Coming Of Age In Ernest Hemingway's The Girl

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Approach I have chosen to comparatively analyse these two stories by using the story grammar. By doing so I am able to show how each components (characters, objects, structure, language, events, and location) in these stories contributes in representing the theme: “coming of age”. Theme Development The theme “coming of age”, can be described as the protagonist’s psychological and moral journey to define oneself. Through this process they become more awake to limitations, more realistic, and more mature. In the beginning of both stories, the protagonists are illustrated as sensitive and perhaps weak. It is clear in Hemingway’s, The Girl is dependent on The American, countlessly considering abortion in order for things to ‘be like they were’,…show more content…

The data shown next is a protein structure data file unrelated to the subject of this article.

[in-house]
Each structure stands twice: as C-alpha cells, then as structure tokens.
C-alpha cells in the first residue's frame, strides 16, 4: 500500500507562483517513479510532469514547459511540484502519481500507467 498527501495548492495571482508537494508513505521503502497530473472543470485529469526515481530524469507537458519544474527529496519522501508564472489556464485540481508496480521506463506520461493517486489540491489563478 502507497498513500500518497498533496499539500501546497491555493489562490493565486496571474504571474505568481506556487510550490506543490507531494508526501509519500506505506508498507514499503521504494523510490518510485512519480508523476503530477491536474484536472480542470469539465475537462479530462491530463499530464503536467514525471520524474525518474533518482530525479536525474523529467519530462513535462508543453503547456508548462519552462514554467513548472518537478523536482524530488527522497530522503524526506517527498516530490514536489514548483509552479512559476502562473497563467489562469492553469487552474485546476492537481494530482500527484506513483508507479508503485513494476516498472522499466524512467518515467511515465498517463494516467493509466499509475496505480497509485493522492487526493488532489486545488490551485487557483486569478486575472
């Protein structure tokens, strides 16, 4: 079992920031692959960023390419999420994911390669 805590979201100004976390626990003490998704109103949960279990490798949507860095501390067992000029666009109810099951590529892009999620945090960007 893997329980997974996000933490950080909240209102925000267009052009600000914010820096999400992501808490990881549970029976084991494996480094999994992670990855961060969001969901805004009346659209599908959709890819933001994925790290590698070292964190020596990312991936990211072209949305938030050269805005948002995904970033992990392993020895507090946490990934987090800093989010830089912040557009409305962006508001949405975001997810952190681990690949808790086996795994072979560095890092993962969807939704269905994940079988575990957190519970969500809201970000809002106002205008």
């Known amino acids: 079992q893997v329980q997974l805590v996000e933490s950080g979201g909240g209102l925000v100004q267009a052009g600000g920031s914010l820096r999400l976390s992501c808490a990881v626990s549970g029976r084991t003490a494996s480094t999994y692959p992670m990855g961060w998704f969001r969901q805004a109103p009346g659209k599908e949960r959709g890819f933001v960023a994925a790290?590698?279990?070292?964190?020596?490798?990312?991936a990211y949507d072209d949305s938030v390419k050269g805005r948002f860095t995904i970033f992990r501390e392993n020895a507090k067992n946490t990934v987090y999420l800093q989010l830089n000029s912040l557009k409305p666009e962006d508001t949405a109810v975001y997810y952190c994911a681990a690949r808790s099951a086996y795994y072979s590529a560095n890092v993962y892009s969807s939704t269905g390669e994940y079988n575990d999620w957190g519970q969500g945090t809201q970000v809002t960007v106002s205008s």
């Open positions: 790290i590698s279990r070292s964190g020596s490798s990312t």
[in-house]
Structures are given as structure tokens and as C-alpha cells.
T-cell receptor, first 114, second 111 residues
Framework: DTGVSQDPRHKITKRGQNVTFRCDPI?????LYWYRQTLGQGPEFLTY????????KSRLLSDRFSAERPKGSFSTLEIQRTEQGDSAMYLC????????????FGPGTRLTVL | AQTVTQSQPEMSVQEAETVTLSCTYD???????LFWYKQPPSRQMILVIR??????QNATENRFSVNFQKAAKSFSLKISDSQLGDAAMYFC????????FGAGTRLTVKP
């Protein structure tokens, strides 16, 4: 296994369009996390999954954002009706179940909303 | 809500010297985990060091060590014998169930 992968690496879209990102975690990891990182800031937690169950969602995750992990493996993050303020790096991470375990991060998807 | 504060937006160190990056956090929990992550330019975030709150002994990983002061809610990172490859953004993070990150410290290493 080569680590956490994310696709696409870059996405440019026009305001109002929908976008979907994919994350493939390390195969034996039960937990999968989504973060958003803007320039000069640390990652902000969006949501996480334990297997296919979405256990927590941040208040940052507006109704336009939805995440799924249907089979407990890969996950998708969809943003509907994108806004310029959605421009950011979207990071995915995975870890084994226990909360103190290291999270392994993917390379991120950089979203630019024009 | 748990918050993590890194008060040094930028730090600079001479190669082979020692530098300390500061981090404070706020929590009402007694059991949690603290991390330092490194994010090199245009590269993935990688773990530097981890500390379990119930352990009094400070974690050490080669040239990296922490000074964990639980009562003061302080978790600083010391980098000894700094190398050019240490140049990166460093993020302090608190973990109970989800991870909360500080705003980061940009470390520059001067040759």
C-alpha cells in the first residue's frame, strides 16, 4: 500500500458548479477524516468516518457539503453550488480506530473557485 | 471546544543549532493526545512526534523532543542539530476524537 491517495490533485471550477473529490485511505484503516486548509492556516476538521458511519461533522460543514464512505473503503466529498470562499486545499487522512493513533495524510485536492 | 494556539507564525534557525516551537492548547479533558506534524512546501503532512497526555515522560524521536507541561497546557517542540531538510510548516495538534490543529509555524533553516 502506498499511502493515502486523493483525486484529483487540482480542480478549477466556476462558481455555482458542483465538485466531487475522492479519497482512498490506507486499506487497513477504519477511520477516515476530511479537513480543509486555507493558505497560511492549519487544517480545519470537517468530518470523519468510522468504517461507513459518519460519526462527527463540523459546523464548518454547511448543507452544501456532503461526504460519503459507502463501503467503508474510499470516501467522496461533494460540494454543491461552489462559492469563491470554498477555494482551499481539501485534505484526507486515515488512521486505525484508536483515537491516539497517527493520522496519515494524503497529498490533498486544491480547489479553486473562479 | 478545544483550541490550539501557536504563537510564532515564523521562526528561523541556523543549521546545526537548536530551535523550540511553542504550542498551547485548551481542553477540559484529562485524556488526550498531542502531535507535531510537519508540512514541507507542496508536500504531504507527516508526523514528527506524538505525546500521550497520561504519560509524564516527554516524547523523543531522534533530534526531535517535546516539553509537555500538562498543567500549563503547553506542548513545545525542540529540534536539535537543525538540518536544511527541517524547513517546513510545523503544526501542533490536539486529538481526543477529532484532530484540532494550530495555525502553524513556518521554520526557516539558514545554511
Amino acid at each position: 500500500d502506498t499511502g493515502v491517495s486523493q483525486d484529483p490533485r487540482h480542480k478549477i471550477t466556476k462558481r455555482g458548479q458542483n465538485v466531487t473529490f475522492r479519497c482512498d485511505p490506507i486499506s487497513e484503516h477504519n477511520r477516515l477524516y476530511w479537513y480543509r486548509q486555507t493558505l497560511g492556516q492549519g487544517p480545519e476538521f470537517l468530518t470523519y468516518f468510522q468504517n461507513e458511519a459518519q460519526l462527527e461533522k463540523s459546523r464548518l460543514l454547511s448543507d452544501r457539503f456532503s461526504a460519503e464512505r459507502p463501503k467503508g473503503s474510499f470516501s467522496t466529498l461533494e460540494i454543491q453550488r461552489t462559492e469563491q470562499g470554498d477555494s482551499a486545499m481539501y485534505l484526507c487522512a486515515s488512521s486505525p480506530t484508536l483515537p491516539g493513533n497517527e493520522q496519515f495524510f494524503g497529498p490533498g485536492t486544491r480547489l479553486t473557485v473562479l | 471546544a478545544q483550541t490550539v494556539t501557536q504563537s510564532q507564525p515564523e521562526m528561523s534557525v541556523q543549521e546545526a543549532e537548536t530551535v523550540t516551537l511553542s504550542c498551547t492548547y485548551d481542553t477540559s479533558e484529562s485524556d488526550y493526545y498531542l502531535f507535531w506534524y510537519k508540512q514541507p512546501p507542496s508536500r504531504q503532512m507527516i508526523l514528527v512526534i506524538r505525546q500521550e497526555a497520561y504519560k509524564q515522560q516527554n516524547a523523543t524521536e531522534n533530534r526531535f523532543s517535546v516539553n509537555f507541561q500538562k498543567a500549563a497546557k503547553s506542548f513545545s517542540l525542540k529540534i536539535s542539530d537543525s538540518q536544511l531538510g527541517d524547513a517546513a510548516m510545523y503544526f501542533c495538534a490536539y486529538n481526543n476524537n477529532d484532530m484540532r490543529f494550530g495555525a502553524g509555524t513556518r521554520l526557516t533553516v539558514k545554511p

This causes an emotional strain for the protagonist, thus fuelling her towards this quest of self-realisation. In Hemingway’s story, The Girl journeys into this quest when she awakes to the limitation of her decision -set by The American. The Girl tries to regain (or discover) her autonomy by rebelling. First rebelling inwardly through her subconscious by seeing the hills ‘…like white elephants’, and describing ‘the colouring of their skin through the trees.’ Moreover, she continues to rebel outwardly, by using sarcasm continuing to straightforwardly speak out against The American. For Munro’s protagonist, Janet fulfils this journey by finally acknowledging history and its repercussions. The predetermined faith of her father helps her reach this conclusion, especially as he consoles her about his regrets in “a wasted life” and reiterates his expectation of her. Firstly, his regrets makes her conclude that age and atrophy is inevitable and she too may have lived “a wasted life”. Secondly, she has allowed external factors -such as overcoming her father’s expectations, or illusions of Nicola’s leukaemia- influence her happiness and
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